GeoVax Starts Injections for Phase 2a Human HIV/AIDS Vaccine Trial in USA
- Category: Vaccines
- Published on Saturday, 21 February 2009 23:44
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GeoVax Labs announced the first injections in its Phase 2a Human Clinical Vaccine Trial for its candidate HIV/AIDS vaccine
ATLANTA, GA, USA | February 20, 2009 | GeoVax Labs, Inc. (OTC Bulletin Board: GOVX - News), an Atlanta-based, publicly traded biopharmaceutical company developing human vaccines for diseases caused by HIV-1 (Human Immunodeficiency Virus) and other infectious agents, announced the first injections in its Phase 2a Human Clinical Vaccine Trial for its candidate HIV/AIDS vaccine. The trial, designated HVTN 205, is being conducted by the HIV Vaccine Trials Network (HVTN). The HVTN, funded and supported by the National Institutes of Allergy and Infectious Diseases (NIAID), is the largest worldwide clinical trials network dedicated to the development and testing of HIV/AIDS vaccines. The HVTN has sponsored over 80 Phase 1 trials for the initial evaluation of safety and immunogenicity of candidate HIV/AIDS vaccines. The results of these trials have merited only five phase 2a trials since 1992. Progressing to Phase 2 is a significant step for GeoVax. The Company is pleased to report that the first injections for the Phase 2a trial were conducted at the HVTN network sites at the University of Alabama, Birmingham, and Vanderbilt University, Nashville.
The trial will include a total of 225 volunteers (150 vaccine recipients and 75 placebo recipients) and take place at 13 HVTN sites: 11 in North America and 2 in South America. Sites in the United States include Emory University, Atlanta; Harvard Medical School, Boston; Vanderbilt University, Nashville; University of Rochester; Fred Hutchinson Cancer Research Center, Seattle; the San Francisco Department of Public Health; University of Alabama, Birmingham and sites at Columbia University, Union Square, and the Bronx in New York City. In South America, participants are to be enrolled in Peru at sites in Iquitos and Miraflores (Lima).
"I am extremely pleased that our vaccine merited moving forward through the HVTN," said Harriet Robinson, Ph.D., developer of the vaccine and Senior V.P. of Research and Development at GeoVax. "This network provides a wide array of support for its clinical trials, from finances to statistical design and analysis; from community engagement to rigorous laboratory analysis. Working with the HVTN also affords us the input of the NIAID Prevention Science Research Committee, a committee with breadth of experience and knowledge in human vaccine development."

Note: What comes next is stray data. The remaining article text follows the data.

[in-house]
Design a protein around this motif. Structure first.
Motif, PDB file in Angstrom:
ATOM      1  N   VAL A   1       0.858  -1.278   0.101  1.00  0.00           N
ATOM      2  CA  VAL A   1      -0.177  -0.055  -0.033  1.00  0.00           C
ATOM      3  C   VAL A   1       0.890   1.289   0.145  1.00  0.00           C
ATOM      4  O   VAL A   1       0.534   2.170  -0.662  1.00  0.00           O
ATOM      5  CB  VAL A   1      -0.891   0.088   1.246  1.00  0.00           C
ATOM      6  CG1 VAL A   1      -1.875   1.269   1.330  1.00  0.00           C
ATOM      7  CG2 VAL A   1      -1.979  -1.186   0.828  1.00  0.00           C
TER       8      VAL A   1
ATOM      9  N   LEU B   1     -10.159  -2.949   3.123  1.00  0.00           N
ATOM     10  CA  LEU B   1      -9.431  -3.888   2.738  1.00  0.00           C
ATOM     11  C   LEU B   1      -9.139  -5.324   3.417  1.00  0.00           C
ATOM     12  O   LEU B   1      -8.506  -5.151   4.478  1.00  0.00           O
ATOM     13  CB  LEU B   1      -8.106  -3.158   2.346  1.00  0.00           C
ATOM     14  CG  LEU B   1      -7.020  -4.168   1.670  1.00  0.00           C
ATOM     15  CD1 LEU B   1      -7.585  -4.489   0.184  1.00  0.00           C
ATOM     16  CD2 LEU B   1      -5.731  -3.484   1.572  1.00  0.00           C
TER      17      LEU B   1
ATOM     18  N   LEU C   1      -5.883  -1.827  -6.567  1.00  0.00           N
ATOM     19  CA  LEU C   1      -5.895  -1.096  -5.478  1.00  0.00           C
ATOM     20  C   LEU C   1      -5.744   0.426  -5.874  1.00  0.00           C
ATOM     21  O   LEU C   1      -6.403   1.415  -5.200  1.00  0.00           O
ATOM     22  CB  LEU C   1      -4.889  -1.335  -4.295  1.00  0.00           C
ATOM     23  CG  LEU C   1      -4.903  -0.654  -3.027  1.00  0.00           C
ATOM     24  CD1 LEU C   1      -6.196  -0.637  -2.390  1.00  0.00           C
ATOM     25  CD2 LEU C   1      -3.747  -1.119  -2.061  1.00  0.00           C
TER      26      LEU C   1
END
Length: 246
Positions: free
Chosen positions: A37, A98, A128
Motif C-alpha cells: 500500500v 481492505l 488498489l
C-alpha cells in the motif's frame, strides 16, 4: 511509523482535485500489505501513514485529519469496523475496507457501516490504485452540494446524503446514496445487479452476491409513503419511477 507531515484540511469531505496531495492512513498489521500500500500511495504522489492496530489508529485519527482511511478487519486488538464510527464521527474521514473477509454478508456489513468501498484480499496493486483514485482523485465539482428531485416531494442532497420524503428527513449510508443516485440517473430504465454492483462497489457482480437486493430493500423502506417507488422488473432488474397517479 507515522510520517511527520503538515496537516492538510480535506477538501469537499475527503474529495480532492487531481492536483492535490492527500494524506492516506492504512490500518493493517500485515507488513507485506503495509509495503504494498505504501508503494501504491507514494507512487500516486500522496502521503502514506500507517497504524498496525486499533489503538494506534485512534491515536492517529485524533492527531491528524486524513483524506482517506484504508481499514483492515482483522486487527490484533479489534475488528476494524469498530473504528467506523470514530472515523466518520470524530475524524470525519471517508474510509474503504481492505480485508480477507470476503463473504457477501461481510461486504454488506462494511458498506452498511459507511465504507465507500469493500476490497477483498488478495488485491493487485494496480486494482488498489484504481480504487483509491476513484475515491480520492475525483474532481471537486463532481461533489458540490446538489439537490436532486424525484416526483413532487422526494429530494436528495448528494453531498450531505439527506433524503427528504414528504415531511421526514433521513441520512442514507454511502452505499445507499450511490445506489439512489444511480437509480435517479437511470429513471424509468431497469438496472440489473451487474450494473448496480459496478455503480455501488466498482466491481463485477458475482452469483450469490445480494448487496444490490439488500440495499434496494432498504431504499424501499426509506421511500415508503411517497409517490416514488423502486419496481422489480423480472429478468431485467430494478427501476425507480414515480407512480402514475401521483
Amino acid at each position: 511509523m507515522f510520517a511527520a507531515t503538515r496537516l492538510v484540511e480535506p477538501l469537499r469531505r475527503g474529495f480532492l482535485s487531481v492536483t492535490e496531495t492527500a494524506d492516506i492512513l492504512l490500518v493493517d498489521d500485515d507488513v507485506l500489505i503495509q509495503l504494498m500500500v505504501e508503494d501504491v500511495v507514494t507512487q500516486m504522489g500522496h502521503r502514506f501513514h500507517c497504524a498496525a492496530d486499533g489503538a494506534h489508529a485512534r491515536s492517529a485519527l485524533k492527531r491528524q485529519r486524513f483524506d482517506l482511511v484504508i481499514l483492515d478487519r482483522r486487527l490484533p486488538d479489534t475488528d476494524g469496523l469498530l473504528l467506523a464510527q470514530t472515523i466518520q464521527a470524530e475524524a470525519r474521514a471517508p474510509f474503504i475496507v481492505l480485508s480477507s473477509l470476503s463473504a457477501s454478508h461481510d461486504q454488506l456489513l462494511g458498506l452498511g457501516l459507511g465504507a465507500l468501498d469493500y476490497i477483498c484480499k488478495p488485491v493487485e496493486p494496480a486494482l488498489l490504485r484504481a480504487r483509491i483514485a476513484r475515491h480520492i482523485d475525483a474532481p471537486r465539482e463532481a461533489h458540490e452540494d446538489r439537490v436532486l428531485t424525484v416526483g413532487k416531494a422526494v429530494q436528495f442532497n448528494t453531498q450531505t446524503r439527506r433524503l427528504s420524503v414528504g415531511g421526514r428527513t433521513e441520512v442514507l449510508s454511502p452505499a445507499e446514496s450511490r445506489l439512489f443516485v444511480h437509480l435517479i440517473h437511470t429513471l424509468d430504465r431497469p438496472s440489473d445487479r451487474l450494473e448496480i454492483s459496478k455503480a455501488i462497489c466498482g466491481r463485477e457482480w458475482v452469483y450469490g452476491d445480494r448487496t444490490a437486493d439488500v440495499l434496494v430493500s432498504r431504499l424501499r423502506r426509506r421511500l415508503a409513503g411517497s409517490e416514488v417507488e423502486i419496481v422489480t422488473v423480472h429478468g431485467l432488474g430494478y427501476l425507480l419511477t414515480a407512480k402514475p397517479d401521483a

GeoVax's unique two component vaccine, a recombinant DNA and a recombinant modified vaccinia Ankara (MVA), is designed to stimulate both anti-HIV T cell and anti-HIV antibody immune responses. Stimulation of both T cells and antibodies differentiates the GeoVax vaccine from many other vaccine candidates. GeoVax's DNA and MVA vaccines are used in a prime-boost protocol in which priming is done with the DNA and boosting with the MVA. Both the DNA and MVA express the three major proteins of the AIDS virus: Gag, Pol, and Env, and produce non-infectious virus-like-particles. These particles contain proteins that mimic more than half of the components of the AIDS virus, but cannot cause AIDS. This multi-protein approach is designed to elicit a broad multi-target protective T cell response. The Env protein is designed to elicit a protective Ab response against the natural form of the virus envelope glycoprotein as well as protective T cells.
Dr. Paul Goepfert, principal Investigator of HVTN 205 and director of the University of Alabama trial site, said, "The road to an effective vaccine to prevent HIV infection is long and winding. It is vital to continue testing promising products. I am very pleased to aid in the further development of this important product in a phase 2 trial."